A mother of five said she wanted to die after being stabbed 23 times inside her Kennewick home.
Then she heard her screaming toddler and knew she had to help her kids.
Dania Z. Alhafeth described her husband as a monster who suddenly came at her with a knife as she sat on their couch.
The survivor’s testimony Wednesday in the trial of Abdul Rahman Sweidan brought three jurors to tears, as Alhafeth herself sobbed on the witness stand.
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“I was extremely surprised. This was something completely unexpected, and I lifted my hand to grab the hand that he was holding the knife in,” Alhafeth said of the Aug. 30 attack. She testified with the help of an Arabic interpreter. “And I told him, ‘I swear to God, I will give you money,’ but he was hitting quickly.”
She clarified that when she said hitting, she meant stabbing with a knife.
“I pushed him with my legs/feet, and I screamed in a very loud voice,” she continued. “But he was hitting extremely quickly, in an extremely fast way.”
Sweidan, 47, is charged in Benton County Superior Court with attempted second-degree murder and first-degree assault. The charges include aggravating factors of domestic violence, use of a deadly weapon and the fact that the crime happened near their young child.
The trial started April 2 and prosecutors anticipate wrapping up their case Thursday.
Defense attorneys have not said if Sweidan will testify. The meat plant worker has denied the allegations, saying he cut himself the same day while on the job.
Sweidan and Alhafeth have been married 21 years. They left Syria after the war started, living in Jordan before moving to America.
Alhafeth said she had been a caregiver for two months before the violent assault. She got her first paycheck after working for 1 1/2 months, and sent money to her mother, her oldest daughter who is married and living in Jordan, a friend who helped her in Jordan, and the wife and children of her late brother.
Alhafeth explained that on the day of the attack, she was in the living room with her young son when her husband came home from work unexpectedly in the middle of the day.
Sweidan told his wife that Tyson Foods had run out of meat to work with during his shift.
She ended a call with her oldest daughter, then received another call from a friend in the Tri-Cities who wanted to visit that afternoon. Once she was off of her mobile phone, she said Sweidan asked if they were going to make up.
“I told him, ‘What are we going to be making up about, because we are always in disagreement, or always disagreeing,’” Alhafeth testified. She also told Sweidan that it was improper what often gets said in front of their four children living with them in the Tri-Cities.
Sweidan did not respond. He got up and quietly went into the kitchen.
Alhafeth said she thought her husband was preparing food, but then he suddenly appeared in front of her holding a large knife. He raised it and started stabbing his wife, saying “You give money to everybody but you don’t give any to me,” she testified.
She tried to stand up but Sweidan held her down as he stabbed her everywhere on her body.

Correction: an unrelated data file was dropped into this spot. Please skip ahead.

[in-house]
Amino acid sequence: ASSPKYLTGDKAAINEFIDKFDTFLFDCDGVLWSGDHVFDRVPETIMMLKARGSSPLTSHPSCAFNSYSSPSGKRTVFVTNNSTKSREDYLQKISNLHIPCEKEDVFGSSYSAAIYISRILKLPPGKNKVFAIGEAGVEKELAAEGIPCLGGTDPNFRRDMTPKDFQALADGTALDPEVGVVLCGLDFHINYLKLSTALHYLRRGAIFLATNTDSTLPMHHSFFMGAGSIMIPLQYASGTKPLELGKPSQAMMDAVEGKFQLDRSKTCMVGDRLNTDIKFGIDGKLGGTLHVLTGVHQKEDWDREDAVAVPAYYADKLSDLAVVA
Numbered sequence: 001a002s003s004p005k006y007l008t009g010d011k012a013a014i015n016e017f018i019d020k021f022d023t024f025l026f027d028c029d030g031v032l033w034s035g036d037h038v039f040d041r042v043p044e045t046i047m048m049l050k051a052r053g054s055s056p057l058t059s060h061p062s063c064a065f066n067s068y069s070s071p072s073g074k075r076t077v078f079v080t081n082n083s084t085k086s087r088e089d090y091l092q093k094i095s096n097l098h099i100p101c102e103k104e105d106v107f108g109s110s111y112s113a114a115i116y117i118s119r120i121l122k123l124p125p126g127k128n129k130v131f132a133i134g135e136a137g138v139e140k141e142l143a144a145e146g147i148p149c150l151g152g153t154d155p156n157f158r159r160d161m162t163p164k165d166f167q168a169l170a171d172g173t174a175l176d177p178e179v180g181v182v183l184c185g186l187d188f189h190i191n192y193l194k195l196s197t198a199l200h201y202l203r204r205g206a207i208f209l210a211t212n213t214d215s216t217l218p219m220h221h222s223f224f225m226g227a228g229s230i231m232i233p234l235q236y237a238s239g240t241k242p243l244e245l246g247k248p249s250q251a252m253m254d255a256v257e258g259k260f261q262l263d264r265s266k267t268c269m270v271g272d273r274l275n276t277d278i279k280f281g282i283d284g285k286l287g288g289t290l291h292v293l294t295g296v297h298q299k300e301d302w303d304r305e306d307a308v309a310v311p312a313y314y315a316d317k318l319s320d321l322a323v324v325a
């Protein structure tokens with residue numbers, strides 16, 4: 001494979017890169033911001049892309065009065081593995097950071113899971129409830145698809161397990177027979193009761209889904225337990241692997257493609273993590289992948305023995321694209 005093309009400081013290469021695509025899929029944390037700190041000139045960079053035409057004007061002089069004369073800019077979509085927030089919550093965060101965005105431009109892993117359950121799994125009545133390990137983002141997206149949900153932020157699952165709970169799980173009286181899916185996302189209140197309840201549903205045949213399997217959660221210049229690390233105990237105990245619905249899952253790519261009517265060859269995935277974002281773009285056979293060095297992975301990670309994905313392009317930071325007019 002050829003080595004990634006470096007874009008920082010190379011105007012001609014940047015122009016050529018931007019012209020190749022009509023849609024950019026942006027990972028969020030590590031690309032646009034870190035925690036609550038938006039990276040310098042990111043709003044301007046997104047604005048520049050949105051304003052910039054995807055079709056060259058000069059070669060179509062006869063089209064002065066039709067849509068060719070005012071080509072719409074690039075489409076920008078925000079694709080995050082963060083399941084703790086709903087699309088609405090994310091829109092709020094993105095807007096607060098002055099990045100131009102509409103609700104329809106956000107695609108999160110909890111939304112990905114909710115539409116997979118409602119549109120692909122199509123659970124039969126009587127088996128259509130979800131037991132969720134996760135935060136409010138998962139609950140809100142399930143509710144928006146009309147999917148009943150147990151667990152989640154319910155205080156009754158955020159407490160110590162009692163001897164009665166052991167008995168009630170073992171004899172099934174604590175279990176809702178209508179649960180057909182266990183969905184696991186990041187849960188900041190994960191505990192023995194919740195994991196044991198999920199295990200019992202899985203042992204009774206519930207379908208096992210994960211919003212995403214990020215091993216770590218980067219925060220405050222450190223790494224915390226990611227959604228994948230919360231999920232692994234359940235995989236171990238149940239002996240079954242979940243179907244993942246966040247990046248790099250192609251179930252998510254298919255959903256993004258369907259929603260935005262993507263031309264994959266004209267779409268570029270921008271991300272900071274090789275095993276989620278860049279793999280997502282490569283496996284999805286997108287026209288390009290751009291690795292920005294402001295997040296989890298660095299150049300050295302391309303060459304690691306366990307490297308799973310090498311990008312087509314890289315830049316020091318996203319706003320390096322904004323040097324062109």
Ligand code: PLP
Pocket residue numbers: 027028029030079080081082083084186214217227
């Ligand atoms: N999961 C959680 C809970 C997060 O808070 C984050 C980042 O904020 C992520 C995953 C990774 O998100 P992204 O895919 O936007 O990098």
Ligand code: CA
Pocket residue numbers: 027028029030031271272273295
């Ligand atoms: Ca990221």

“He was saying, ‘Die. Die. May God not bring you back,’” Alhafeth told the jury.
Her 2-year-old son kept yelling during the attack, but Sweidan pushed the toddler away with his hand, she said. Sweidan later locked the boy in a bedroom.
Alhafeth said she tried to stand up but fell to the floor.
“I wasn’t able to resist at all,” she said while grabbing tissues from a box on the witness stand. “So I said the Islamic prayer because I thought that death was coming. I was saying, ‘God, may you keep my children.’”
After getting the toddler out of the way, Sweidan brought out some bags. Alhafeth said she thought her husband wanted to cut her up, but he ended up using the bags to stash his bloody clothes.
Alhafeth broke down as she explained that her husband came back to check on her, “And he saw me breathing and saying, ‘God, my children.’ And then he hit me with a strong hit on my thigh and he said to me, ‘You haven’t died yet.’”
Sweidan then walked out of their Olympia Street apartment and locked the front door, she said.
“I was praying to God to kill me quickly because of the pain,” she said. “And then I heard my son crying a lot and screaming ‘Momma,’ and he was knocking on the (bedroom) door, banging on the door.”
Alhafeth said that got her thinking about how she could help her son, because she could not get up to rescue him. She remembered her phone was nearby and struggled to reach it so she could call her Arabic-speaking neighbor.
“I told him that my husband stabbed me with a knife and my son is locked in the room. Call the police,” she said.
Alhafeth then called her teen daughter, Aya, and made sure to leave a message so her kids would know what happened in case their mother died.
“I said, ‘Aya, your father killed me with a knife, and your brother is locked in a room. Get him out. And forgive me.’”
She called her neighbor again to make sure help was on the way, then she waited.
It was only later in the hospital that she found out Sweidan had been arrested. He also went to Trios Southridge Hospital for treatment of his cuts, and a nurse made the connection to the stabbing victim in a nearby room.
On further questioning from defense attorney Eric Scott, Alhafeth agreed that it was not a happy marriage and said she had asked her husband for a divorce many times. She further said it was more than 20 times.
“I was hoping that we would get divorced amicably and stay as friends,” Alhafeth testified.
Scott asked if she believed her life was in danger when Sweidan threatened her, both before they emigrated to the United States and after.
“I was not expecting that he would fulfill his threats, especially at the time of the incident,” Alhafeth said. “There was no … misunderstanding.”
She filed for divorce in October.